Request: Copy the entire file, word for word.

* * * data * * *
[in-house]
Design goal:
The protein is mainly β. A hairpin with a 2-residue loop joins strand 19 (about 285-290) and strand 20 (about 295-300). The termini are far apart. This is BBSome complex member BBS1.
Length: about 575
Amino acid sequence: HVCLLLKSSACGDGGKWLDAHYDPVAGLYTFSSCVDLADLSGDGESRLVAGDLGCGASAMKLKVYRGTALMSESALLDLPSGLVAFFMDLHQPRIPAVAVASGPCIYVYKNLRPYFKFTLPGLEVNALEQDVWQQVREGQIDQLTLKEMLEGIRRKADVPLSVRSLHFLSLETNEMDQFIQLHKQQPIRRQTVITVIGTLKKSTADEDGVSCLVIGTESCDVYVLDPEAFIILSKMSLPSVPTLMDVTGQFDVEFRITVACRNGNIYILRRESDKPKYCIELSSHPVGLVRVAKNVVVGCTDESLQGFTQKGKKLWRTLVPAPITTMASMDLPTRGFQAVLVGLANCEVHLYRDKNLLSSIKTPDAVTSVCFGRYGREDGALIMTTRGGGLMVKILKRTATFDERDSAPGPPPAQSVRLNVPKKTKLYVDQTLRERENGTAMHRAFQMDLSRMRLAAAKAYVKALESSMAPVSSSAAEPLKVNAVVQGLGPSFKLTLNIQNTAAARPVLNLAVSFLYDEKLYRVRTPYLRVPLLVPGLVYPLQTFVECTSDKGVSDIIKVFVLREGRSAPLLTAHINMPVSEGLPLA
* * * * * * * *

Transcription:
[in-house]
Design goal:
The protein is mainly β. A hairpin with a 2-residue loop joins strand 19 (about 285-290) and strand 20 (about 295-300). The termini are far apart. This is BBSome complex member BBS1.
Length: about 575
Amino acid sequence: HVCLLLKSSACGDGGKWLDAHYDPVAGLYTFSSCVDLADLSGDGESRLVAGDLGCGASAMKLKVYRGTALMSESALLDLPSGLVAFFMDLHQPRIPAVAVASGPCIYVYKNLRPYFKFTLPGLEVNALEQDVWQQVREGQIDQLTLKEMLEGIRRKADVPLSVRSLHFLSLETNEMDQFIQLHKQQPIRRQTVITVIGTLKKSTADEDGVSCLVIGTESCDVYVLDPEAFIILSKMSLPSVPTLMDVTGQFDVEFRITVACRNGNIYILRRESDKPKYCIELSSHPVGLVRVAKNVVVGCTDESLQGFTQKGKKLWRTLVPAPITTMASMDLPTRGFQAVLVGLANCEVHLYRDKNLLSSIKTPDAVTSVCFGRYGREDGALIMTTRGGGLMVKILKRTATFDERDSAPGPPPAQSVRLNVPKKTKLYVDQTLRERENGTAMHRAFQMDLSRMRLAAAKAYVKALESSMAPVSSSAAEPLKVNAVVQGLGPSFKLTLNIQNTAAARPVLNLAVSFLYDEKLYRVRTPYLRVPLLVPGLVYPLQTFVECTSDKGVSDIIKVFVLREGRSAPLLTAHINMPVSEGLPLA